December 14, 2012. Just about four years ago. Sandy Hook. Devastation.
May 25, 2010. Six and a half years ago. My uncle’s suicide by gun. Devastation.
I have never been okay with guns. They scare me in a way that I think should be normal for everyone but isn’t. The goal of a gun is destruction. Some of that is for hunting, yes. And as a meat-eater, perhaps there’s some hypocrisy in my thinking that all guns everywhere are bad all the time no matter what.
In my moral theology class in graduate school, our professor opened the class with a statement that comes back to me whenever I think about my position on guns: “Everyone is a fundamentalist about something.” This is my something about which I am a fundamentalist. Generally, I try to tone it down, to understand that people with guns don’t necessarily want to cause harm. In some sense, I think, we’re all coming at the issue of guns from fear: fear that we need to protect ourselves from something, fear that we will be hurt or killed by someone beyond our control, fear about trusting other human beings.
May 25, 2010, cemented my fear of guns and the people who own them. Since then, there have been numerous mass shootings. In 2012, in the weeks before Sandy Hook, there were two gun-related incidents in Minnesota that knocked me off my feet: a cop was shot and killed in a nearby town, and two teenage boys who were robbing a home in a different town farther away were killed by the owner of the home.
When Sandy Hook happened, I simply fell apart. Many people did. Mass shootings are unthinkable to us, and yet they keep happening. This one seemed the most unthinkable of all.
It fell on a Friday, that horrid day. I was set to have dinner with a friend. She wanted to go to this event called Tuba Christmas beforehand, something I’d never heard of and wasn’t quite sure I was in the mood for. We went anyway. The theater was packed, so we stood off to the side with some other folks. Tubas, euphoniums (euphonia?), trombones all packed the stage. They played Christmas carols, the deep resonant sound oddly comforting and fitting.
And then they played “Silent Night.” A woman close to my age was holding her baby and rocking him near where we were standing. I watched her and started to cry as I thought about the mothers and fathers who were having silent nights in Connecticut. Since then, I haven’t been able to hear “Silent Night” without making it a prayer for those who have lost so much.
Tuba Christmas has become one of my favorite events of the year. One would think I’d dread it. Following Sandy Hook, I descended into anxiety and depression similar to what happened after my uncle’s suicide. I got back on medication and into therapy and did more hard work of healing. Good, important things. And maybe that’s why Tuba Christmas is actually a joyful thing for me, despite my introduction to it on such a sad day at a sad time. It marks rock bottom and a way out.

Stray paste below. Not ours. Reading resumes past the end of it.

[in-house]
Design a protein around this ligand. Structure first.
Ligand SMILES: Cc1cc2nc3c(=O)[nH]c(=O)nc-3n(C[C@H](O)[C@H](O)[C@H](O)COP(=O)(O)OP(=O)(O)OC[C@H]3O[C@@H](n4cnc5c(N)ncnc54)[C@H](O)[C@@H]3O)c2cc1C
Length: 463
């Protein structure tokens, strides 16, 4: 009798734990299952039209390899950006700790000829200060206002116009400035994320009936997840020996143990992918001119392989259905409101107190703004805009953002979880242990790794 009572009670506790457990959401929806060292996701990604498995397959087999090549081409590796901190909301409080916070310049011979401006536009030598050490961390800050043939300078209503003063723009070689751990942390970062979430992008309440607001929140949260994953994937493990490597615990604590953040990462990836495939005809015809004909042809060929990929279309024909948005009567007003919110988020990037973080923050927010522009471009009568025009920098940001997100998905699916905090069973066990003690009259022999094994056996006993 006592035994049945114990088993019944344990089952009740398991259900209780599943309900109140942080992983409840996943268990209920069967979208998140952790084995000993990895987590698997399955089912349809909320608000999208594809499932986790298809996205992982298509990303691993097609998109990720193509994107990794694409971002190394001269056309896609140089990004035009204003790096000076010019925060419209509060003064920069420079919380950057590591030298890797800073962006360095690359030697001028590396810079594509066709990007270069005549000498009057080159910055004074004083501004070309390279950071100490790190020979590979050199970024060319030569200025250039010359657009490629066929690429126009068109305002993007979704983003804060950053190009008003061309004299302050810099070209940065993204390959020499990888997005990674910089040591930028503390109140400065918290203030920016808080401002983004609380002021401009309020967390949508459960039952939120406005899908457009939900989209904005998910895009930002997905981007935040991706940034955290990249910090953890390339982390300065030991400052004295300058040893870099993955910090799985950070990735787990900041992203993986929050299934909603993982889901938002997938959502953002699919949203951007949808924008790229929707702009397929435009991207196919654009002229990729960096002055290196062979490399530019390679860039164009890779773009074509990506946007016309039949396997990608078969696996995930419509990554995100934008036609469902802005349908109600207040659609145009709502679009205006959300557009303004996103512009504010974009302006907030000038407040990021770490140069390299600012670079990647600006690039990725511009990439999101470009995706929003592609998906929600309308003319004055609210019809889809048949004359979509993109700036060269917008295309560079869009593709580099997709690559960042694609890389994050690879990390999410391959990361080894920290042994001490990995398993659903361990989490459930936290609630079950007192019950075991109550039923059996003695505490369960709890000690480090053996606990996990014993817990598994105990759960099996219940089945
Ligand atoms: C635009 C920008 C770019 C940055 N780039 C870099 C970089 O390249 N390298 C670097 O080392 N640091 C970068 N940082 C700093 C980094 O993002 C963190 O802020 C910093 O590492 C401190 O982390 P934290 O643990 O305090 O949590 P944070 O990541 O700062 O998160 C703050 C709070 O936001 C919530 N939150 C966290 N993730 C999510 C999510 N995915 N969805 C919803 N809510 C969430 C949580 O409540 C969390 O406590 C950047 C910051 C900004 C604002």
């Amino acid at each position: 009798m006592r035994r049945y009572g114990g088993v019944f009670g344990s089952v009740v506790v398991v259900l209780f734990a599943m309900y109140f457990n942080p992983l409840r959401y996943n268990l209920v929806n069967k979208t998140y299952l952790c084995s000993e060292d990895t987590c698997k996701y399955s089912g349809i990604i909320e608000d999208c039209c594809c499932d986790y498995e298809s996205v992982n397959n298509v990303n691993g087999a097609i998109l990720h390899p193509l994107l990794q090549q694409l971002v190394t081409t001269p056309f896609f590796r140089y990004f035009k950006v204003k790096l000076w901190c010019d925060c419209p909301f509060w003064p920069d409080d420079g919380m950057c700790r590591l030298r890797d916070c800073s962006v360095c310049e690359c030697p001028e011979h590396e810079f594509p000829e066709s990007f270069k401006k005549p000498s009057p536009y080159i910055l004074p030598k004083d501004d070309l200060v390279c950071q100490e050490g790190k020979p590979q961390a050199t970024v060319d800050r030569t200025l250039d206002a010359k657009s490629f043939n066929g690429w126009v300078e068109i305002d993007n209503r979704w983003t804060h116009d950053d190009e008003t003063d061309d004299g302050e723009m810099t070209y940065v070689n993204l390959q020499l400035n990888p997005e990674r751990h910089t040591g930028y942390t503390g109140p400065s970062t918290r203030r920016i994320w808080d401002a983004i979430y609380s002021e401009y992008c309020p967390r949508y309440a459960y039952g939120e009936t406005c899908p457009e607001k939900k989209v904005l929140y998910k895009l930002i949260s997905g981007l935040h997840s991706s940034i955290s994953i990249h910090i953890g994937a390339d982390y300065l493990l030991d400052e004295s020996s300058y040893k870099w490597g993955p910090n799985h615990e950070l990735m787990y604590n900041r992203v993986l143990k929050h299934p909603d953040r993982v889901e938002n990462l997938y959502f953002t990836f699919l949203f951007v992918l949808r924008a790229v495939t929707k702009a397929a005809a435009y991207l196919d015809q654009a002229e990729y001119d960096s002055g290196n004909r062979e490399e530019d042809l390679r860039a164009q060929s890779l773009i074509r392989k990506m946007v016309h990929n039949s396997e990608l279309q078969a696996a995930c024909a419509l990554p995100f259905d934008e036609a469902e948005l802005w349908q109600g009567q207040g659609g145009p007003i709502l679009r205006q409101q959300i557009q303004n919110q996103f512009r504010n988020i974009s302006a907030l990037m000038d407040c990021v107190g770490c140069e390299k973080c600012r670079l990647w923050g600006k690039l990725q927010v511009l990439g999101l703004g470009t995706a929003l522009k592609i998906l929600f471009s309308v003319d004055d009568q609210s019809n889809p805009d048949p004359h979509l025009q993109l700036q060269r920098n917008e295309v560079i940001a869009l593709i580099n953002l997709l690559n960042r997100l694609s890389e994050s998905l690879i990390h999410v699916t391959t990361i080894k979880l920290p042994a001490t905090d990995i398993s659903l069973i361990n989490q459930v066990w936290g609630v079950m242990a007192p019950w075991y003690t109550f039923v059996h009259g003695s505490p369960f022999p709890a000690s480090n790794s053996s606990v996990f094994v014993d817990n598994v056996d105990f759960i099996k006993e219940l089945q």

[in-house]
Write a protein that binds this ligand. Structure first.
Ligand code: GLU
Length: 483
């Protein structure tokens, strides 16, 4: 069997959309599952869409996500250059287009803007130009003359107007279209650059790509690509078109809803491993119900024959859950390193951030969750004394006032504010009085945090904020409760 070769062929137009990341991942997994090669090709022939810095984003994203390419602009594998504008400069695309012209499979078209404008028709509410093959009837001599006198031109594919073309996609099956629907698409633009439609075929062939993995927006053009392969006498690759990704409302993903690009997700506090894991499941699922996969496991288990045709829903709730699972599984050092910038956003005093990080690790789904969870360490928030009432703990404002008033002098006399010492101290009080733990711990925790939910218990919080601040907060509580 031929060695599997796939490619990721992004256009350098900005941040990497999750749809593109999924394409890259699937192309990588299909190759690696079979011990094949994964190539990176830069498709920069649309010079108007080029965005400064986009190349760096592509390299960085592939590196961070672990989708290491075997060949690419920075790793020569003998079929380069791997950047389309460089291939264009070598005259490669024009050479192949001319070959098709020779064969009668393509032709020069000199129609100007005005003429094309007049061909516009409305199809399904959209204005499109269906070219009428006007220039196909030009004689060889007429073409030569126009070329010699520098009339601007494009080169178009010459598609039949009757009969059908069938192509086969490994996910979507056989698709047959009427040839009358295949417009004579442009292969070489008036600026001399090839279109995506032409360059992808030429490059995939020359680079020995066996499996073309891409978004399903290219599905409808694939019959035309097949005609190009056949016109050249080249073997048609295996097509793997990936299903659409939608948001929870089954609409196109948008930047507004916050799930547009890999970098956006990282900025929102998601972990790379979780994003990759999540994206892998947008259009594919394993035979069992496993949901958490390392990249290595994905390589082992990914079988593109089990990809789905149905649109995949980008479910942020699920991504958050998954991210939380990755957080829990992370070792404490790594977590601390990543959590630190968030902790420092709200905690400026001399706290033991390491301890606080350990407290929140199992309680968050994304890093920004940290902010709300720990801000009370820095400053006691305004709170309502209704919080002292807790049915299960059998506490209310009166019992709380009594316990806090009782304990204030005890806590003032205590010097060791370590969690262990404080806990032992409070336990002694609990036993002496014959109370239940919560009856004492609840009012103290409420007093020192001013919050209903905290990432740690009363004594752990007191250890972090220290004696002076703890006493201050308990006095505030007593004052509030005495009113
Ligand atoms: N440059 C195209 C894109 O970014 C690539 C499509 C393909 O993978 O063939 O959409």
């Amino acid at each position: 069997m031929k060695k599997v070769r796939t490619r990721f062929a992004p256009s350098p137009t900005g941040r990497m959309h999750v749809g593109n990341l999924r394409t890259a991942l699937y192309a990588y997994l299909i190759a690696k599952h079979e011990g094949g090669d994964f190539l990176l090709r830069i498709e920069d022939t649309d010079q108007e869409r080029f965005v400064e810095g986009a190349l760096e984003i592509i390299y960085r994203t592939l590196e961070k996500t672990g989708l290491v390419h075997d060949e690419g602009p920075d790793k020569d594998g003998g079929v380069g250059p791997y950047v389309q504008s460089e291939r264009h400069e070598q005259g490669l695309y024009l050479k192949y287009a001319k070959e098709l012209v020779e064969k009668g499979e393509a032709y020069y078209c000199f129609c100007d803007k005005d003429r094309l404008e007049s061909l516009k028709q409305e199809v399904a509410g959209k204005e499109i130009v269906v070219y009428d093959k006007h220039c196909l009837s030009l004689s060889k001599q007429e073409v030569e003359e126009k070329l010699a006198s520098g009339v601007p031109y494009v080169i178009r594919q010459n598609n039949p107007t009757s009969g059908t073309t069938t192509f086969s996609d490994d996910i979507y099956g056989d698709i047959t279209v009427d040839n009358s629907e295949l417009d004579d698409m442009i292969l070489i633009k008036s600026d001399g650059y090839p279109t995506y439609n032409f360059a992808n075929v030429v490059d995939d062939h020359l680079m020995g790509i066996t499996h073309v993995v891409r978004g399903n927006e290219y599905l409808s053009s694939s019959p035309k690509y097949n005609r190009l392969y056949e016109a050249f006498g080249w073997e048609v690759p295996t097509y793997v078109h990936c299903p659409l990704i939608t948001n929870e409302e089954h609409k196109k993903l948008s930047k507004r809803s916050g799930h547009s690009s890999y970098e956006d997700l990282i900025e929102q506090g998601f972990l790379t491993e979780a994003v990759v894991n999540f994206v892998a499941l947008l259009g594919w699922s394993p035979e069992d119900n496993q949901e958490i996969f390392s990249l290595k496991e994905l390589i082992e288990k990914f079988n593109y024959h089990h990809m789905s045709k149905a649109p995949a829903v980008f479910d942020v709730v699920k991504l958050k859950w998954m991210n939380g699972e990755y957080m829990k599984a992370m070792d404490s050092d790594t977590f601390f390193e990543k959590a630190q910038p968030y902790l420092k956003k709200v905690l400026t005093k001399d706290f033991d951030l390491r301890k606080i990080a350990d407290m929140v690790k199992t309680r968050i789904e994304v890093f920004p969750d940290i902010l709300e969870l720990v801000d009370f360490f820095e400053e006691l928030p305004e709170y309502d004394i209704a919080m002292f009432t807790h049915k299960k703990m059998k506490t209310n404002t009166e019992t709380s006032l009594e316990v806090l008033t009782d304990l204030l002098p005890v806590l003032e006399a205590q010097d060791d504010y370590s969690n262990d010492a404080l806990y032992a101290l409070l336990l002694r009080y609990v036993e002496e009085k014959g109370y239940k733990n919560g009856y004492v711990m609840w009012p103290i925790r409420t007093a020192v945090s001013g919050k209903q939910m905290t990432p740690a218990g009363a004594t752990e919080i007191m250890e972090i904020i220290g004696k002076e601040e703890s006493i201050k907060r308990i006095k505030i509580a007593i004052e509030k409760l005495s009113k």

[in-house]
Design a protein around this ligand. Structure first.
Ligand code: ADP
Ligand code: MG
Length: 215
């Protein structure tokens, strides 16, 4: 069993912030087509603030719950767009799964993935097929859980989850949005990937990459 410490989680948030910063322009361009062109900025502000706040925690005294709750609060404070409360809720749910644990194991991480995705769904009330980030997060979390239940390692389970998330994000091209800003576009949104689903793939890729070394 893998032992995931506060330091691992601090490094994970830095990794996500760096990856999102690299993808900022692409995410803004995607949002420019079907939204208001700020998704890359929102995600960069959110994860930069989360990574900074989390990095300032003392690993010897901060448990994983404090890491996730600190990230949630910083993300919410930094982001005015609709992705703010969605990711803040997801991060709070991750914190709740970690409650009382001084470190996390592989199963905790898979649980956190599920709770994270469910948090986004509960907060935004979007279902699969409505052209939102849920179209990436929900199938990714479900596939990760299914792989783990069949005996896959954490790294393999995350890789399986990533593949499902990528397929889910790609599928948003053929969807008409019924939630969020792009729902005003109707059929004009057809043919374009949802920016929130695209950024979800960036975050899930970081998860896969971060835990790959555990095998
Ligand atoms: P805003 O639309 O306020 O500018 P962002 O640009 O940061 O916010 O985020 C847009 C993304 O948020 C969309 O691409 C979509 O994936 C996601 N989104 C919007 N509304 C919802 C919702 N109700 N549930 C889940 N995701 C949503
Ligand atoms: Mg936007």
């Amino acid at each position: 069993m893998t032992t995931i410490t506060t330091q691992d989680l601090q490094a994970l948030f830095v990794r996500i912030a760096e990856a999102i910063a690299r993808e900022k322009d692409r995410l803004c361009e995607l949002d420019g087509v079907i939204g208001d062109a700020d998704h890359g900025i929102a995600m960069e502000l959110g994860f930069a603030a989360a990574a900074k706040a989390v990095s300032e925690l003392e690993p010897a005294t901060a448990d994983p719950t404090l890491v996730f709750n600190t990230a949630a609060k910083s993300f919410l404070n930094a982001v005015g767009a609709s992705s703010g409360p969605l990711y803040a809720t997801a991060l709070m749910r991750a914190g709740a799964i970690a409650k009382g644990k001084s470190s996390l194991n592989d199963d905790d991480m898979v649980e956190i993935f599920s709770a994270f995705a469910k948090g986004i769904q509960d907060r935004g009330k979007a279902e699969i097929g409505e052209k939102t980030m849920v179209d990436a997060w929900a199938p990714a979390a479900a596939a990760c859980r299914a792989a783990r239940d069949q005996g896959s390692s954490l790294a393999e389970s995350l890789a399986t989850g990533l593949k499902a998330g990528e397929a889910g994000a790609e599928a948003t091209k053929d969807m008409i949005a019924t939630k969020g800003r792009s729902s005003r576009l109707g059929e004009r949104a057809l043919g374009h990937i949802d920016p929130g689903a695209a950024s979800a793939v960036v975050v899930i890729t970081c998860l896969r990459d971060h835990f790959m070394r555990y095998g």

It is, in some ways, a ridiculous tradition: low brass instruments played by professionals and amateurs. Some of the people who attend have not picked up their instruments since the last year’s Tuba Christmas concert. Some have been playing their instruments for a year or less; others for over sixty years. And yet, they all come together to honor the guy who thought that Christmas music deserved low brass. I love the whimsy. And I get darn near giddy about it. Okay, full-on giddy. Kid-in-a-candy-story giddy.
I’ve gone to four Tuba Christmas events now. The man who directs it and his wife are dear friends. That woman holding her baby and her husband have also become dear friends. And a few of the players and their spouses as well. It delights me.
Last night was the 2016 Tuba Christmas in St. Cloud. (These happen all over the country, so if you’re intrigued, look up Tuba Christmas on the interwebs and find one near you!) I bounced in my seat to the songs and clapped and sang where appropriate. I laughed, and yes, I got misty during “Silent Night.” This year also has mothers and fathers surrounded by silence. I thought most of my friend and her husband who lost their twins in late February. The girls developed twin to twin transfusion syndrome and did not live longer than forty-eight hours after birth. Devastation.
I’m sitting here trying to figure out how to wrap up this post. I mean, you’d probably like something positive from me at some point, huh? But what I keep thinking of is what a mixed bag it all is. This year has had so many ups and downs. Almost everyone I know is ready to flip that calendar to 2017 and not look back. Or to look back only very cautiously. My Tuba Christmas feelings are complicated. I jump up and down about it, and then I cry when I’m there. And I can’t help thinking that the first words of “Silent Night,” admittedly a song written for the calmness and quiet of a peacefully sleeping baby after the hard work of birthing has happened, are “Silent night. Holy night.” If you take it out of context, which I’ve brazenly done, and smash those silent nights of tragedy up against that idea of a holy night, there’s richness there. This season of Advent leading to Christmas is all about that smashing. A baby is born, but we can’t forget that the cross is part of his story. As I contemplate my writing and how it is being formed, I want it to be joyous, positive, hopeful. And it is, darkly so. But the reason for that is because it’s coming from experiences of loss, fear, anxiety. The holy crashes into the silent.